Bay Area Air Quality Deteriorating, EPA Says 

Local agencies have so far failed to produce an acceptable smog reduction plan

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Environmentalists joined the effort. While Drury's group focused on ways to reduce factory emissions, the Sierra Club concentrated on the other half of ozone-producing emissions: those from motor vehicles. "For years and years we've been depending on tighter [state] emissions standards to take care of that, and they haven't done it," says Sierra Club transportation chief John Holtzclaw. "We suggested discouraging motor vehicle use by encouraging smart growth and mixed-use developments. Our society subsidizes driving substantially, with things like free parking at work. We recommended programs like a parking cash-out, where employers pay employees for not driving, so the company could use that land for other uses."

But the 1999 plan did little to incorporate the suggestions of environmentalists, nor did it explain why the changes weren't included. "If there's something someone suggests and they're not applying it, they need to analyze why," says Deborah Jordan, associate director of the EPA's local air division. That their suggestions were ignored must seem especially galling to environmentalists now that it's become clear that the 1999 plan did not clean up the air. When a group called Earthjustice Legal Defense Fund brought suit, pointing out that the EPA had missed its deadline to respond to the plan, the EPA responded by announcing that it was likely to disapprove the document. "The plan has been in effect for a year and a half, and we've had a half-dozen violations and missed an attainment deadline," says Earthjustice lead attorney Deborah Reames. "This suit was just to compel the EPA to act."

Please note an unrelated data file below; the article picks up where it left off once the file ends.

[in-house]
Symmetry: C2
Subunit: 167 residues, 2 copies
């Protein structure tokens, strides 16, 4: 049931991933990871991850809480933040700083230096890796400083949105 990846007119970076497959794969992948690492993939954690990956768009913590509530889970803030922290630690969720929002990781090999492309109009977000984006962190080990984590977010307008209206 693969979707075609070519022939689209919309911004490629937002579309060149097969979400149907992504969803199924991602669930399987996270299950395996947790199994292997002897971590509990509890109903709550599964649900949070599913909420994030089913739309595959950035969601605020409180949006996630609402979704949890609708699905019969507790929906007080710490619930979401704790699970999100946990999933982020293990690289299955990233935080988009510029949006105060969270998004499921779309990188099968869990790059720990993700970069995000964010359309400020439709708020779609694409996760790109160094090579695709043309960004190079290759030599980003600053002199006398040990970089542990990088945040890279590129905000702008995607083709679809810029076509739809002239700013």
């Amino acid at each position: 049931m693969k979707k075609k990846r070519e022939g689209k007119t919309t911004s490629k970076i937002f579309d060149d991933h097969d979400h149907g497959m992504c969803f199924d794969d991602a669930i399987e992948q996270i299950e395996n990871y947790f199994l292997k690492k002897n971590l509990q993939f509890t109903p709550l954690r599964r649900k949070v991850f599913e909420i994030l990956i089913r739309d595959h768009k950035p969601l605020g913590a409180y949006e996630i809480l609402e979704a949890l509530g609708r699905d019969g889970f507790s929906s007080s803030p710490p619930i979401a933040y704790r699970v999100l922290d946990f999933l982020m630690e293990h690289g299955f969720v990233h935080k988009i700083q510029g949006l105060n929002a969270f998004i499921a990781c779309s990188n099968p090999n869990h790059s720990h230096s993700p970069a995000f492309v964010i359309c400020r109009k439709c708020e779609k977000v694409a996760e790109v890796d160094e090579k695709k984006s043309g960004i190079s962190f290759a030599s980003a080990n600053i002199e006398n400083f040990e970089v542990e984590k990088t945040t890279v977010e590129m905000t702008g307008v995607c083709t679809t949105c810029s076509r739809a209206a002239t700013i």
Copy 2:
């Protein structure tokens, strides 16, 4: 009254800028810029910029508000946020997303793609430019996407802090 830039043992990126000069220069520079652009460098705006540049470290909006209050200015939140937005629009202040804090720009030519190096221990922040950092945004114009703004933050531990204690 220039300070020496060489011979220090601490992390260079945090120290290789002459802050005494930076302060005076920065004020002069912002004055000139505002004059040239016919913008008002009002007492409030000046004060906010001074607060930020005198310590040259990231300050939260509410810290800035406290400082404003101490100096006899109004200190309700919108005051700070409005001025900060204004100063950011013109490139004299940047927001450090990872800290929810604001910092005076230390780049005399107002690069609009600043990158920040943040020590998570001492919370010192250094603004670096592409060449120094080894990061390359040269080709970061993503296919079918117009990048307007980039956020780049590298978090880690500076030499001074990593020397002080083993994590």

The three agencies aren't likely to challenge the EPA's disapproval; they're already working on revisions that will be ready in draft form by early May. But officials argue that there was little they could have done better back in 1999--and some of those limitations are still in place. "Our analytical tools for estimating how much we need to reduce emissions are not very sophisticated," explains BAAQMD Planning and Transportation Manager Jean Roggenkamp. Plus, she adds, "planning is not a static process." This means that revisions to the Ozone Attainment Plan will need to be reevaluated in 2003, the year when data from an important central California ozone study will be available. "We'll be able to do a photochemical model to cook the emissions and see where they blow and what the concentrations are," she says. "Do we contribute to Sacramento's air pollution? How much interplay is there among the regions?"

Roggenkamp also points out that some environmentalists' suggestions are outside her agency's jurisdiction--for example, she says, "It used to be that we had a regulation that said employers had to encourage employees not to drive alone to work, but a state law got passed that said we couldn't do that anymore." MTC's Air Quality Planner David Tannehill also defends the 1999 plan by pointing out that the hot weather that leads to smog is hard to predict.